I don’t have much experience as far as being a Caddy, but I do have a few friends that do it for a living. Being that I’m usually the one with the caddy, I just never understood how hard it actually was. My few instances of doing it was for friends or I was a fill-in for someone when they couldn’t make it.
My most memorable time was when I looped for Steve Pate. I met him before that so when my buddy that was his normal caddy got sick one day, I told him I would do it for him and Steve said that was fine. The preparation for the next day (since this was a Monday qualifier) was insane. Steve is pretty laid back so he would just laugh at all the little mistakes I did.
The qualifier was at Industry Hills in California. If you’ve played that course, you will know how hard it is to walk, especially for me since I used to basically spend all of my time in a cart. I remember when Steve would hit it in a bunker – which happened like 5 times that round – I would of course have to rake it. By the time I finished raking it, Steve would be almost at his shot waiting for me to catch up. I seriously caught myself running at times just to keep up.
What I’m trying to say is, if you are not a normal caddy, you just don’t have the timing down. It’s like knowing when to hold the flag or give the flag to another caddy. I had no idea that since your guy is last to putt out you go take the flag from the caddy that was holding it before. A few guys actually made a joke of it all day, and they would hold the flag on purpose to see if I would remember. Or they would stare at me when I was suppose to give it to them. It was funny after but I felt stupid at the time.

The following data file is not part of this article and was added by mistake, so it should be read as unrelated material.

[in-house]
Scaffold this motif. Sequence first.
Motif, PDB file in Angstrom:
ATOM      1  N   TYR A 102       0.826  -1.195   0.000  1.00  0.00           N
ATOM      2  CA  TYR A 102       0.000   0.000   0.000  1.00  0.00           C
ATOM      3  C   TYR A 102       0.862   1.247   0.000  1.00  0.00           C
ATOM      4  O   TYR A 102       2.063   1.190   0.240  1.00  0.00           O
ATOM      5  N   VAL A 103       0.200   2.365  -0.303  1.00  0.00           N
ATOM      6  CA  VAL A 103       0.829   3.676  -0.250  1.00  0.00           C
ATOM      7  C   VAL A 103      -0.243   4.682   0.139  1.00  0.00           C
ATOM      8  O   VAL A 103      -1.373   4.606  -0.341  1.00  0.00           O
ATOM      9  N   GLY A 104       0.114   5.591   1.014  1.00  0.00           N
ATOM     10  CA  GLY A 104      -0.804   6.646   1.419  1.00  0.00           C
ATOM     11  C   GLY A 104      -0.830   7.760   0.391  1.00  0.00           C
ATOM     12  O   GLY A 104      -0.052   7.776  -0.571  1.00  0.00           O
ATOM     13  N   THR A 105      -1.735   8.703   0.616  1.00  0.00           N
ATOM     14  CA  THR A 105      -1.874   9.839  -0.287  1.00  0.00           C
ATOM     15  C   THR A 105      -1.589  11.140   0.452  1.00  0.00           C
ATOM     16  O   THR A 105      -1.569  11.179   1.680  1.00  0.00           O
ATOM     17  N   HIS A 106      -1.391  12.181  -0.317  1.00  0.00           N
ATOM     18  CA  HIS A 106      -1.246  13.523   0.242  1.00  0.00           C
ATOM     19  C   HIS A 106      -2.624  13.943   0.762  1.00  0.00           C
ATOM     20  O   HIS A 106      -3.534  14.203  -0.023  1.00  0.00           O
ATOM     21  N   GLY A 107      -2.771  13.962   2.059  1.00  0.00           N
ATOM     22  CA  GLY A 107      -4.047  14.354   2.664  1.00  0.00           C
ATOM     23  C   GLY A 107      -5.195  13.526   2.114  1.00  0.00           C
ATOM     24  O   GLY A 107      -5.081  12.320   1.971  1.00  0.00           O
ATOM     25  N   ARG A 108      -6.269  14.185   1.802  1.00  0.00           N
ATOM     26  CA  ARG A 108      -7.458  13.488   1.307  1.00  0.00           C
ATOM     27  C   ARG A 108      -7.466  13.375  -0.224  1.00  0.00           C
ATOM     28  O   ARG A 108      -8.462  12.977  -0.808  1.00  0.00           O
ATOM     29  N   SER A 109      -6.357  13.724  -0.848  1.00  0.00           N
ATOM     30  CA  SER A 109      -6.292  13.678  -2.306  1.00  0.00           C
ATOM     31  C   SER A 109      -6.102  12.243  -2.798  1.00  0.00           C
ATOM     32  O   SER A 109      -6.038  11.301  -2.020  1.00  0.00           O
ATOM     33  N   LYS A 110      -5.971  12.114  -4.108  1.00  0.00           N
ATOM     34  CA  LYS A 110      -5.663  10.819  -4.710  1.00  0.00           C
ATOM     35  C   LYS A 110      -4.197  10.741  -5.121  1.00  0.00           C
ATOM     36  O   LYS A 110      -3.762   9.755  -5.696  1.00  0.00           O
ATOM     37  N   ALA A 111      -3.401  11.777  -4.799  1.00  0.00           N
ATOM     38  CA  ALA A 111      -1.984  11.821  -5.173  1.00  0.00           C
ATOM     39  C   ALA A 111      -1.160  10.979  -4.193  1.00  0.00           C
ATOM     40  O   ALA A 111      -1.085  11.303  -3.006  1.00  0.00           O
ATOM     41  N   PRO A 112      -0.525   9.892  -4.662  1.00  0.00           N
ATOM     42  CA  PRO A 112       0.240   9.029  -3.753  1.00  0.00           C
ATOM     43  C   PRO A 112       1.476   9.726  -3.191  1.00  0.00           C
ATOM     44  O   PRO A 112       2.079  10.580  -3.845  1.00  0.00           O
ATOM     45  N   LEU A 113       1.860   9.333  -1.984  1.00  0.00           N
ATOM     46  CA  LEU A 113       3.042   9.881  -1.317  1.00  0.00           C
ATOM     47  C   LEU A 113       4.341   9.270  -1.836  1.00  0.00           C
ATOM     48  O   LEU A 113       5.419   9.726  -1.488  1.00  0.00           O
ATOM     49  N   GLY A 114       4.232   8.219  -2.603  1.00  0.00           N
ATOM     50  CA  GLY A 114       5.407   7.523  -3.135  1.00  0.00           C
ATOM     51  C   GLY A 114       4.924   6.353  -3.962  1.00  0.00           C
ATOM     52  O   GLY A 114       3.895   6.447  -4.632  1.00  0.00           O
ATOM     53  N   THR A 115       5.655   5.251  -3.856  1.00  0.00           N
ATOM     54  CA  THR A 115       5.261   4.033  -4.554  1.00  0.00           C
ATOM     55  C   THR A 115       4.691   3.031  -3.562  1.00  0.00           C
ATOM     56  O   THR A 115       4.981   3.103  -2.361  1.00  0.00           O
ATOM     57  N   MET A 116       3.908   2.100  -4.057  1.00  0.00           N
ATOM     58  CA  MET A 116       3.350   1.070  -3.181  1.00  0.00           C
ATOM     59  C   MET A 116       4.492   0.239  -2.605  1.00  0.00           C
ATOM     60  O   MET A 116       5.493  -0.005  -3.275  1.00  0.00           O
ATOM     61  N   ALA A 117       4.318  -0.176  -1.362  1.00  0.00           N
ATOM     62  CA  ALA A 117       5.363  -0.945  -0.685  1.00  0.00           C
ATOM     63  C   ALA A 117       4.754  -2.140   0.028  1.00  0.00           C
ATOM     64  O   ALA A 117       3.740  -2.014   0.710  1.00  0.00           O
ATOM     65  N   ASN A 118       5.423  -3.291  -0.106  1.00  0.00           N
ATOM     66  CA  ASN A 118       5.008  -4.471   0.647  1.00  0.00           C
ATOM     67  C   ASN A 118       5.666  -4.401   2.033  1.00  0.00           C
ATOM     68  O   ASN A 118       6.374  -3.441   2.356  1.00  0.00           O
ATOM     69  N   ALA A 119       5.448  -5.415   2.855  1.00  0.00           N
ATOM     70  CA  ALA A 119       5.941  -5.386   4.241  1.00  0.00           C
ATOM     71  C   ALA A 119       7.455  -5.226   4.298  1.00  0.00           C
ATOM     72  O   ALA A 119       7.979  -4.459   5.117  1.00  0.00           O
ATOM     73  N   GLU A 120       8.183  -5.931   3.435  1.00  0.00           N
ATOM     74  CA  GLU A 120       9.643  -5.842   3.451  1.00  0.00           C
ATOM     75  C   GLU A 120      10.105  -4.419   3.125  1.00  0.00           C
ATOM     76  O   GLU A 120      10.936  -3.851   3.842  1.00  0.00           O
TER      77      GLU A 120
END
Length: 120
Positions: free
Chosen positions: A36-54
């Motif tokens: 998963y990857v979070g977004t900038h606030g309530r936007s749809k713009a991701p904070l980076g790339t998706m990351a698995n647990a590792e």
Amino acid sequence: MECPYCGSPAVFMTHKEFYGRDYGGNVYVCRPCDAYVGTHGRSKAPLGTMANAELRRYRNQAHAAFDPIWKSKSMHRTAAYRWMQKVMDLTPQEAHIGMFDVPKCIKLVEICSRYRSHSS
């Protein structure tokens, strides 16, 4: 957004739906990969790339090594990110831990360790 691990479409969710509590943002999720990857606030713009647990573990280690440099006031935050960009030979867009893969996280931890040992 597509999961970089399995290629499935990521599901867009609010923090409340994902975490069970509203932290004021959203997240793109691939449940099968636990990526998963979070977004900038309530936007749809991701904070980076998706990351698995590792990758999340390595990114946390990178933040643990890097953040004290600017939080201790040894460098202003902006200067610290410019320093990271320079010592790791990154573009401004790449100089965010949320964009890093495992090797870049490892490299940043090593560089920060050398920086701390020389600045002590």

The best example of the above was Bobby Clampett’s caddy was doing his normal stare, Steve had already putted out, and I was just kicking back waiting for Bobby to putt out. He had a terrible first putt that went more than 10 feet by, took about 2 minutes for his next putt, and knocked it in. I put the flag back in, look around, no Steve! Everyone is laughing at me and I’m just thinking “what the heck’s so funny, where did Steve go?”
They say “He’s probably on the next tee” I speed walk to the next tee and I see Steve laying on the ground basically sleeping. He looks up at me and says “Brad, never quit your day job” and everyone of course laughs at me. So, what do I do? (this is still the practice round) He asks me how far it is to clear the water – which is 170 – and I tell him it was 160 so he asks for a 7 Iron, I give him an 8 and he comes up at least 25 yards short lol. The whole group laughed their asses off and from that point on, I started to feel more comfortable and started keeping up.
The next day at the actual tournament, things went really well. I finally knew how to keep up, when to do something and when not to do something. Steve knew I just didn’t have it in me to Caddy. He was right, I felt I should be out there playing instead of carrying a bag. But it was still a great experience and one I’ll always remember since I’ve looked up to him since I started playing golf.
Day in the Life of a Caddy will come soon but involve some of my good friends that do it full time. They may even chime in on here from time to time, so look out for the blog series “Day in the Life”